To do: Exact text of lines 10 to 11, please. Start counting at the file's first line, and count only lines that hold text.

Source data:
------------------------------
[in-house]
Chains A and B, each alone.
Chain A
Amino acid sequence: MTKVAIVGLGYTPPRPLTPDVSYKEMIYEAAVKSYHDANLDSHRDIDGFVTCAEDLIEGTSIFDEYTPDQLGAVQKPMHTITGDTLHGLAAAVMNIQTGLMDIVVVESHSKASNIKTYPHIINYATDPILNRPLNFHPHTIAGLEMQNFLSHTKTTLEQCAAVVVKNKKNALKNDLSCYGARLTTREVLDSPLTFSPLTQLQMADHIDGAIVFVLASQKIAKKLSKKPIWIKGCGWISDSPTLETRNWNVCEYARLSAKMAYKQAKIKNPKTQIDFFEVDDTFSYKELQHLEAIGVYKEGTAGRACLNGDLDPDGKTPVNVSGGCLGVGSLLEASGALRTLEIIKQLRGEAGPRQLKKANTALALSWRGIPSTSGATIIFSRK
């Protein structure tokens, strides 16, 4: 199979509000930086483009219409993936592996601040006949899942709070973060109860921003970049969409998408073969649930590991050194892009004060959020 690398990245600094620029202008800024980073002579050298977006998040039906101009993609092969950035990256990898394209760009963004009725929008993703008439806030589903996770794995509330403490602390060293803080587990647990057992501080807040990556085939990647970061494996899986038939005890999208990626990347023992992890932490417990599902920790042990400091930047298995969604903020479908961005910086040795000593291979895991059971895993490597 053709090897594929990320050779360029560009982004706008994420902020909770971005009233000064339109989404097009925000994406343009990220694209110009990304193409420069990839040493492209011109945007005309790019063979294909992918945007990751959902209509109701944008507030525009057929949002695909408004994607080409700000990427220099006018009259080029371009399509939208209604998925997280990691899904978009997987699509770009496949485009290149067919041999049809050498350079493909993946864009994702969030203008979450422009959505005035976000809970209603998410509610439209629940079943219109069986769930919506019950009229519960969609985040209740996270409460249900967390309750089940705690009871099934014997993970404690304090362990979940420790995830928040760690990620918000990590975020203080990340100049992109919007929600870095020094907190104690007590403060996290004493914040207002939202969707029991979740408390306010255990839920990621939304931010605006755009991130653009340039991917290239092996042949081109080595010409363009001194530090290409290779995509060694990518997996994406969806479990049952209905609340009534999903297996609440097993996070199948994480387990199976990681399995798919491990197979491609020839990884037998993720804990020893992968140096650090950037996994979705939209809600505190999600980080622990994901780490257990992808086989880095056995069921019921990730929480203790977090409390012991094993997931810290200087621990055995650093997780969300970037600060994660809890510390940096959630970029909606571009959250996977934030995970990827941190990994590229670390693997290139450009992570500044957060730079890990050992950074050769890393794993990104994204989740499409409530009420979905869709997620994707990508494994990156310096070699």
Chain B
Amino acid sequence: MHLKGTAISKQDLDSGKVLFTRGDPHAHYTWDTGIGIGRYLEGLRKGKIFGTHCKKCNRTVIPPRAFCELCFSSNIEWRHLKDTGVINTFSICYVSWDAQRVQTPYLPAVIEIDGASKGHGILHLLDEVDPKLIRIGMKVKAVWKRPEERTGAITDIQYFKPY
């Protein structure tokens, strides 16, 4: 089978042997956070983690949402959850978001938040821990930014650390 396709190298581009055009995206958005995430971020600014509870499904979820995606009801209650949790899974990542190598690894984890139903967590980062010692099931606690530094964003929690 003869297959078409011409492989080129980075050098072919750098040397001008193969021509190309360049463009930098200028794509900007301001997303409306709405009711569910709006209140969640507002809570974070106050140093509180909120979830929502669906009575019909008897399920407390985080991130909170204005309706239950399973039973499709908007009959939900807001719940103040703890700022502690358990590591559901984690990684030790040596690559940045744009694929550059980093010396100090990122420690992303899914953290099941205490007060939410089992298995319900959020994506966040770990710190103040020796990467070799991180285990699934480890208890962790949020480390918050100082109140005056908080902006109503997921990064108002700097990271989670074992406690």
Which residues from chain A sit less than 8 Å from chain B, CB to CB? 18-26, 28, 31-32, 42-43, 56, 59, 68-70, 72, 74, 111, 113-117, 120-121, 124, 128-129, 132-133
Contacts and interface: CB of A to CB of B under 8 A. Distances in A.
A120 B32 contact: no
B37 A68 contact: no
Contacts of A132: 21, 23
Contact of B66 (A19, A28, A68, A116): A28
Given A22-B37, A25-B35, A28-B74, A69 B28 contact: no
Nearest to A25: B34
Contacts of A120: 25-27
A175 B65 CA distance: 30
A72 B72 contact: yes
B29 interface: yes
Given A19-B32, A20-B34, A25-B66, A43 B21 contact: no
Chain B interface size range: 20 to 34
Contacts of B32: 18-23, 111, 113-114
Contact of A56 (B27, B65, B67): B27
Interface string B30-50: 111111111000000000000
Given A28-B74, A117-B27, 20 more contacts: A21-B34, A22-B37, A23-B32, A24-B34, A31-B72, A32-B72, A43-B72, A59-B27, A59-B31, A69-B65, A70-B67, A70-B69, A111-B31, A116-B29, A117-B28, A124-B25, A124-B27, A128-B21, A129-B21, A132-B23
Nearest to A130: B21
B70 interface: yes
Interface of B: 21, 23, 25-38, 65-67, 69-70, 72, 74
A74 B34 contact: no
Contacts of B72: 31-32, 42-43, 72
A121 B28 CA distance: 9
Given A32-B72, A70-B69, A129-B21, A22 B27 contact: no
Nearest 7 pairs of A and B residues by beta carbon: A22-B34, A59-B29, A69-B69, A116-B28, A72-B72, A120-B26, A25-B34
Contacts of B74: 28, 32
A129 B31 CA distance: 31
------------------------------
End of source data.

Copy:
Contacts and interface: CB of A to CB of B under 8 A. Distances in A.
A120 B32 contact: no